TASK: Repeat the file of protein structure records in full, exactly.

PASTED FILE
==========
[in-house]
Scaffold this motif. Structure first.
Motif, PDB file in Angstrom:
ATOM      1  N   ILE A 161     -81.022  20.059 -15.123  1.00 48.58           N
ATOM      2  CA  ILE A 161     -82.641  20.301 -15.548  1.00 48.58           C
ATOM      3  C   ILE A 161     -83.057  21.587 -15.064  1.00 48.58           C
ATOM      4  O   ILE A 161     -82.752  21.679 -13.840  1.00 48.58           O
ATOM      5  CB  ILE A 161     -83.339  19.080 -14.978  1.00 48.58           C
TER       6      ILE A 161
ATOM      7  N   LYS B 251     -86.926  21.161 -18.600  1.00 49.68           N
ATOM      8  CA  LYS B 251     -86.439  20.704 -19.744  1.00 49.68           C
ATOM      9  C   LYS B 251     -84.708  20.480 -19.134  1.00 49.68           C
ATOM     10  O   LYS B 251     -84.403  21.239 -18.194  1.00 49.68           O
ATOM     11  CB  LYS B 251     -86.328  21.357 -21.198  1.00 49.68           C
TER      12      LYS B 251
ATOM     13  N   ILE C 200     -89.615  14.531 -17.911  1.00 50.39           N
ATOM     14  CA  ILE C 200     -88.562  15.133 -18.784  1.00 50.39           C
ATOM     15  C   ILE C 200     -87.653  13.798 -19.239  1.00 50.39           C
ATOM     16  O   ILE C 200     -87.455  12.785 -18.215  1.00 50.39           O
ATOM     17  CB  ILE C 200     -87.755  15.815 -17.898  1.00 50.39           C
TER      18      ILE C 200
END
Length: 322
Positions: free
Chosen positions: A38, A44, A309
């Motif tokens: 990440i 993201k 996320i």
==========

[in-house]
Scaffold this motif. Structure first.
Motif, PDB file in Angstrom:
ATOM      1  N   ILE A 161     -81.022  20.059 -15.123  1.00 48.58           N
ATOM      2  CA  ILE A 161     -82.641  20.301 -15.548  1.00 48.58           C
ATOM      3  C   ILE A 161     -83.057  21.587 -15.064  1.00 48.58           C
ATOM      4  O   ILE A 161     -82.752  21.679 -13.840  1.00 48.58           O
ATOM      5  CB  ILE A 161     -83.339  19.080 -14.978  1.00 48.58           C
TER       6      ILE A 161
ATOM      7  N   LYS B 251     -86.926  21.161 -18.600  1.00 49.68           N
ATOM      8  CA  LYS B 251     -86.439  20.704 -19.744  1.00 49.68           C
ATOM      9  C   LYS B 251     -84.708  20.480 -19.134  1.00 49.68           C
ATOM     10  O   LYS B 251     -84.403  21.239 -18.194  1.00 49.68           O
ATOM     11  CB  LYS B 251     -86.328  21.357 -21.198  1.00 49.68           C
TER      12      LYS B 251
ATOM     13  N   ILE C 200     -89.615  14.531 -17.911  1.00 50.39           N
ATOM     14  CA  ILE C 200     -88.562  15.133 -18.784  1.00 50.39           C
ATOM     15  C   ILE C 200     -87.653  13.798 -19.239  1.00 50.39           C
ATOM     16  O   ILE C 200     -87.455  12.785 -18.215  1.00 50.39           O
ATOM     17  CB  ILE C 200     -87.755  15.815 -17.898  1.00 50.39           C
TER      18      ILE C 200
END
Length: 322
Positions: free
Chosen positions: A38, A44, A309
């Motif tokens: 990440i 993201k 996320i």